TDmonthly Magazine!
July 2009 | Vol. VIII - No. 7


Bandthology Tones Minds With Trivia

Reviewers Applaud Design But Struggle With Musicology

“This game is adaptable to group play and …different music tastes.” Sue Christensen, mother
TDmonthly Magazine’s Tweens & Teens Roundtable participants tested their knowledge of popular musical groups, history and trivia when they played Bandthology: The Board Game for Music Lovers. It combines musical knowledge in a game board format and covers a wide variety of musical genres. Although the game design was applauded by nearly all participants, Bandthology did not strike a chord with everyone.

BANDthology - The Board Game for Music Lovers by BANDTHOLOGY
Age: 8 and Up
Gender: Boys and Girls
Category: Board Games
MSRP: $30.00

TDmonthly rating:

What It Is: Bandthology is a board game that tests players on knowledge of musical groups, history, trivia and terminology. Featuring a guitar-shaped playing field, the game has cards that question musical history and knowledge as well as musical lyrics. Players strive to be the first to form a supergroup of six musicians; each player wins a musician by completing a circuit on the neck of the guitar-shaped playing field. Now what? cards give a fortune or misfortune to the player who draws them. Audition cards, similar to charades, are mixed in with the Now what? cards and allow players to sing lyrics. Instructions included offer alternatives for advanced play and for novice play, as well as for team play option.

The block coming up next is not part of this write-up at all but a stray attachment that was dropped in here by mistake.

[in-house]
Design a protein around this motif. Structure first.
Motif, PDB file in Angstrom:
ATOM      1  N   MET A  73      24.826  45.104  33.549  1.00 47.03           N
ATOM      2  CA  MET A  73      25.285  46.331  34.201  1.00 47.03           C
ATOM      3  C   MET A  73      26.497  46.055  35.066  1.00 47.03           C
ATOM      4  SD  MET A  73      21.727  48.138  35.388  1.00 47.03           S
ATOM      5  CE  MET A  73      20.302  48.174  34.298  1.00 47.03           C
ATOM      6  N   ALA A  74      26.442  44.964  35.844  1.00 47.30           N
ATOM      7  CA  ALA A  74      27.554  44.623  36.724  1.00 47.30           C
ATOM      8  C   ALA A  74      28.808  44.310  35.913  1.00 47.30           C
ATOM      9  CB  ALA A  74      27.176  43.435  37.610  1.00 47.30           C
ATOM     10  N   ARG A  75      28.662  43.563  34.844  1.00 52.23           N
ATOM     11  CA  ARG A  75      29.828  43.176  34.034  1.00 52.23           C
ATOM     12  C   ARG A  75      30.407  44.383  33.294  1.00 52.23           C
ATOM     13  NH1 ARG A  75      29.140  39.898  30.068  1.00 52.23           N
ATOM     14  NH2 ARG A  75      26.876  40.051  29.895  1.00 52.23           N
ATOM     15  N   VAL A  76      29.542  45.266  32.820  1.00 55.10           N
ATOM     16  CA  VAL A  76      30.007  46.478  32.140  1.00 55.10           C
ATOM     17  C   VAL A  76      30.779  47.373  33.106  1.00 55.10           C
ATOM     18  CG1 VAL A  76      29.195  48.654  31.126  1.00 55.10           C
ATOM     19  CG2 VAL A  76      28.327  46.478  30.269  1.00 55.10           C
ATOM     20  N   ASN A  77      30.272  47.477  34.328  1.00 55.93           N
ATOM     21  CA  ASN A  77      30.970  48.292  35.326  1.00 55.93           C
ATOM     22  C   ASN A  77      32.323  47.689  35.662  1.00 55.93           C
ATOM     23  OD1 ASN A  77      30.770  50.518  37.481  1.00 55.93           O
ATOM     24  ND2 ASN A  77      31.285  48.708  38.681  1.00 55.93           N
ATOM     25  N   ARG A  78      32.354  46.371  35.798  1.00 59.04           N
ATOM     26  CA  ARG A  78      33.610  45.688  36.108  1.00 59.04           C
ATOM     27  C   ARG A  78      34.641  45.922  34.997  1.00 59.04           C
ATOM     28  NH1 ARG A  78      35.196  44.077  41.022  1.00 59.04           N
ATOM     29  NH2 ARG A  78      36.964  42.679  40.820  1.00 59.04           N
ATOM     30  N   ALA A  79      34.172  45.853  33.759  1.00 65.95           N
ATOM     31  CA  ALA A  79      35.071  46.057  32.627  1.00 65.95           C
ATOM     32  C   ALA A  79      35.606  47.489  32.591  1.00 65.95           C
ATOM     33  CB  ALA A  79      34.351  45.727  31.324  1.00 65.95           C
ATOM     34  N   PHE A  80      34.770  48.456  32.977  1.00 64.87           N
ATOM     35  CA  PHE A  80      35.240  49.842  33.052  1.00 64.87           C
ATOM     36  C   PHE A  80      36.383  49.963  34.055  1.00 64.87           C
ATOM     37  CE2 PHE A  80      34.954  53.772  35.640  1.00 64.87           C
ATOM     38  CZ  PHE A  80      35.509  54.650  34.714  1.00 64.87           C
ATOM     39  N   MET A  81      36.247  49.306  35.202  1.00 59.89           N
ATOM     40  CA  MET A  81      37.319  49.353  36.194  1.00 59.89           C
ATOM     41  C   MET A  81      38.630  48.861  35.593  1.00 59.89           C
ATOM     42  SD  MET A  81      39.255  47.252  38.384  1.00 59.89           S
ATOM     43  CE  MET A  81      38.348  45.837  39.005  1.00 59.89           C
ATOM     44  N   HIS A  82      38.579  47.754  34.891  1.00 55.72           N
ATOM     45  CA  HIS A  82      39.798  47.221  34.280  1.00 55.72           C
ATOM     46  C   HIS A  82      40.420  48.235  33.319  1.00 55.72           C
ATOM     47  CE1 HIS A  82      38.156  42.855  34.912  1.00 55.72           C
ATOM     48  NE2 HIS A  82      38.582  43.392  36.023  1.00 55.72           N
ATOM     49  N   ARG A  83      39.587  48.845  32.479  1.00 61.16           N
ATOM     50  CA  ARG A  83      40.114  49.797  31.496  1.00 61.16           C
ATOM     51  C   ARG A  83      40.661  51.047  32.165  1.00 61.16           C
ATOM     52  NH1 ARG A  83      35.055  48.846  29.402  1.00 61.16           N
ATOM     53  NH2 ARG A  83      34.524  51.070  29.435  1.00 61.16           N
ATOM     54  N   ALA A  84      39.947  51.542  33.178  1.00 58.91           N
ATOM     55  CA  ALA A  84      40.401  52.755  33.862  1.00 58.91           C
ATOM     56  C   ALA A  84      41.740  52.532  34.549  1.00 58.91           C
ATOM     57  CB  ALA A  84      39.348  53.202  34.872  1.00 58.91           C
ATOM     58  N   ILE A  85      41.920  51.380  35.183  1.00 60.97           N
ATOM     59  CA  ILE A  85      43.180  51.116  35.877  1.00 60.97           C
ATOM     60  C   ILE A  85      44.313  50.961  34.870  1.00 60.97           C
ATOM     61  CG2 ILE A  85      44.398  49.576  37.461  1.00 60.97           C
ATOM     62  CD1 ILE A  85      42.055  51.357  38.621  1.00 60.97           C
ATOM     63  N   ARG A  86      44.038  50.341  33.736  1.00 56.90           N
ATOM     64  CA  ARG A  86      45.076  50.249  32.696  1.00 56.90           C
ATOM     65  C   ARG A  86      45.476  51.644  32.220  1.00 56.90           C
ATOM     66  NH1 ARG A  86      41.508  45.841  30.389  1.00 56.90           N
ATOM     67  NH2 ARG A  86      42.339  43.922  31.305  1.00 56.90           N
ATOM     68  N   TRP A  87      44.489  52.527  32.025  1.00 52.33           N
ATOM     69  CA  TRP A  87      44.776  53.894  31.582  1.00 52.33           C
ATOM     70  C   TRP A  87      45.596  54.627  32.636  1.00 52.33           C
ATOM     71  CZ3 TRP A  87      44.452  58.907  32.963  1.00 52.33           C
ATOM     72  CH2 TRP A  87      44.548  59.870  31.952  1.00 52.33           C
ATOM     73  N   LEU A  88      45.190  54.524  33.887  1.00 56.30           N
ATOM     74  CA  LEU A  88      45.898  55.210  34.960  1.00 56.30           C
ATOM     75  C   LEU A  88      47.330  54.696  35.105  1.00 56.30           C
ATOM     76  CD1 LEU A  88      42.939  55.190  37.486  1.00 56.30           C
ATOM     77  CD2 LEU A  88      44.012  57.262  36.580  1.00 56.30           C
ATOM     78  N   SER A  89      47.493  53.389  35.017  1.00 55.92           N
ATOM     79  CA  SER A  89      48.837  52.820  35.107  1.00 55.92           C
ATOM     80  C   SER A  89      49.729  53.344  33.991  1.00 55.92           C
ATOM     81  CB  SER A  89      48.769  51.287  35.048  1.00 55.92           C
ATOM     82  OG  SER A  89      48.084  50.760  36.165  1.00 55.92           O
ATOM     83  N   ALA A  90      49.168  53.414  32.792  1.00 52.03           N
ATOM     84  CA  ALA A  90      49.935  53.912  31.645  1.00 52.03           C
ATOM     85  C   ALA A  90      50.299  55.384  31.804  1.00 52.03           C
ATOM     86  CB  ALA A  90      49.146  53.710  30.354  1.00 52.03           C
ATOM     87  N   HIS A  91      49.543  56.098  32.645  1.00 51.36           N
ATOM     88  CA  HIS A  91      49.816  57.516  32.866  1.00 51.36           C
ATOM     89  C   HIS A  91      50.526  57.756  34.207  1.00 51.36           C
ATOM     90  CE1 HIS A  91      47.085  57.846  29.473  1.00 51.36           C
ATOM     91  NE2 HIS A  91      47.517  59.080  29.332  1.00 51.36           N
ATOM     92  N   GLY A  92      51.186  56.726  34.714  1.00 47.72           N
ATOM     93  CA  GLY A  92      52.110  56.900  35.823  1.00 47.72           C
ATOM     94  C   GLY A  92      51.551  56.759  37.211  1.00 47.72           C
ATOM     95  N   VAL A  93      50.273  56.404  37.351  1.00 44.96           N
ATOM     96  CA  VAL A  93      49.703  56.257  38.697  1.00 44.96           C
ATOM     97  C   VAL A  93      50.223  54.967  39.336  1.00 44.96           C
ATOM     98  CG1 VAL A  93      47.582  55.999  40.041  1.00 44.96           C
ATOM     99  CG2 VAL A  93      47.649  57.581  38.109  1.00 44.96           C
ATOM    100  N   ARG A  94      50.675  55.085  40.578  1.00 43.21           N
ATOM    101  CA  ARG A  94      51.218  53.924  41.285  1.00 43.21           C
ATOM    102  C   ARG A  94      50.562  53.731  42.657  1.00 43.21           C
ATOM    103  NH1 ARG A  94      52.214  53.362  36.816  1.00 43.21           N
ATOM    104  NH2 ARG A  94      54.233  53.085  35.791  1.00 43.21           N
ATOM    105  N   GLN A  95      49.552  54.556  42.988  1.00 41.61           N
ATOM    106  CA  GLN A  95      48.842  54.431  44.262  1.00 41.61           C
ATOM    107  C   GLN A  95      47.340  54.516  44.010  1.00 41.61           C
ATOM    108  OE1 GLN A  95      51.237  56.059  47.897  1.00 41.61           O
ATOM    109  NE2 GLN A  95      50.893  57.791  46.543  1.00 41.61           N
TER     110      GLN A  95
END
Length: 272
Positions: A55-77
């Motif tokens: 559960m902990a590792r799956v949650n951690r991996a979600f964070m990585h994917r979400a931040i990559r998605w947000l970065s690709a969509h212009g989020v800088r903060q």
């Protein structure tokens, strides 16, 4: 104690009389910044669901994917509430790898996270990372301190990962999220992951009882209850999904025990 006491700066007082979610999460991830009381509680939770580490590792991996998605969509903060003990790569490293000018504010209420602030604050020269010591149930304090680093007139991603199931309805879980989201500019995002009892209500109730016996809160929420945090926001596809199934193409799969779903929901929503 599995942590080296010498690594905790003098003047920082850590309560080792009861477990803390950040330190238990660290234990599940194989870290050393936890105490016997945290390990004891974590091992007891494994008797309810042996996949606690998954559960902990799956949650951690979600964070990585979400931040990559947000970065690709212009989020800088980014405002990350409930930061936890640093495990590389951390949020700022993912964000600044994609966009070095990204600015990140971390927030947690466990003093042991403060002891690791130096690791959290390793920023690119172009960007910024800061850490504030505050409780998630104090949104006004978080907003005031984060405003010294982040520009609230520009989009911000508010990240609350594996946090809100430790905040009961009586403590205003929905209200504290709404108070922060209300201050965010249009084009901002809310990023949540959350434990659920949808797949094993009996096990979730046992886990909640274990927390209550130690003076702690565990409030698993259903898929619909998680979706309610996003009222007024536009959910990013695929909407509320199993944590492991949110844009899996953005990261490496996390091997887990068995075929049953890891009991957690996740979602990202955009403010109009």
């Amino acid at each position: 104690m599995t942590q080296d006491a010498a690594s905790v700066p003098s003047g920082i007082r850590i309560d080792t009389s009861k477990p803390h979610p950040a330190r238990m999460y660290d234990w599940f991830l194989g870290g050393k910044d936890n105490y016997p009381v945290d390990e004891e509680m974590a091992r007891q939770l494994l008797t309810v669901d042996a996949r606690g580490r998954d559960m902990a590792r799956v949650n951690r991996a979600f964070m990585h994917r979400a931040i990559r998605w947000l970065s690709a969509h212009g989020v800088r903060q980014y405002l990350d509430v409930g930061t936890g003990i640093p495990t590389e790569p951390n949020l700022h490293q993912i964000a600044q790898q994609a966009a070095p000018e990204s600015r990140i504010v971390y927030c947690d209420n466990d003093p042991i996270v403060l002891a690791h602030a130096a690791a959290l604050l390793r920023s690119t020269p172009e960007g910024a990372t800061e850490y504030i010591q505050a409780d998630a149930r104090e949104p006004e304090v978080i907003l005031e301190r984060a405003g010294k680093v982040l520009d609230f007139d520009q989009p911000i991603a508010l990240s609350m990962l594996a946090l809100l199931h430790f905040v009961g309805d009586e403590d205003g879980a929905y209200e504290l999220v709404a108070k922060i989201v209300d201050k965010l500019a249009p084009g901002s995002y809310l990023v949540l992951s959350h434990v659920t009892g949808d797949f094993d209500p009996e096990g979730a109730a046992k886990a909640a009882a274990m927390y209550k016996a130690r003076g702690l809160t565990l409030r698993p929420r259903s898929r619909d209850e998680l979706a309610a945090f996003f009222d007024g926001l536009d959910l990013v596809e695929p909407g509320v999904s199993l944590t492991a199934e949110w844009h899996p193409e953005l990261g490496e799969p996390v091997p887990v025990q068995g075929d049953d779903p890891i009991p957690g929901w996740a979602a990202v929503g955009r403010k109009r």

What the Moms Thought: “This game is adaptable to group play and, to some extent, to different music tastes,” enthused Christensen. “The idea to make the game board look like a guitar was great!” raved Estes. She continued, “The name of the game, Bandthology, and the phrase, ‘Your Music, Your Game,’ are creative and reflective of the actual game.”

She also appreciated the educational trivia and history. Wilson was pleased to see that this game could accommodate more than four players, so her family of six could play together. She also liked the hourglass, “which kept the game going without having to frustrate someone by asking them to give up.”

Ledford liked the ease of set up and the instructions to alter the game for ‘novice’ play. “Although many naturally focused on popular music, I pointed out we can also use hymns, children’s songs, Christmas carols, etc., when needed, to play the game,” she said.

What the Kids Thought: “Sweet! Give me the horn man,” said Mac (15) as he earned his first musician. He called the game’s concept “creative.” Victoria (14) agreed, “The idea of a game revolving around music is pretty cool.” Tim (16) and Andrew (14) told their mom they would have enjoyed the game more if they had played with friends rather than their younger siblings.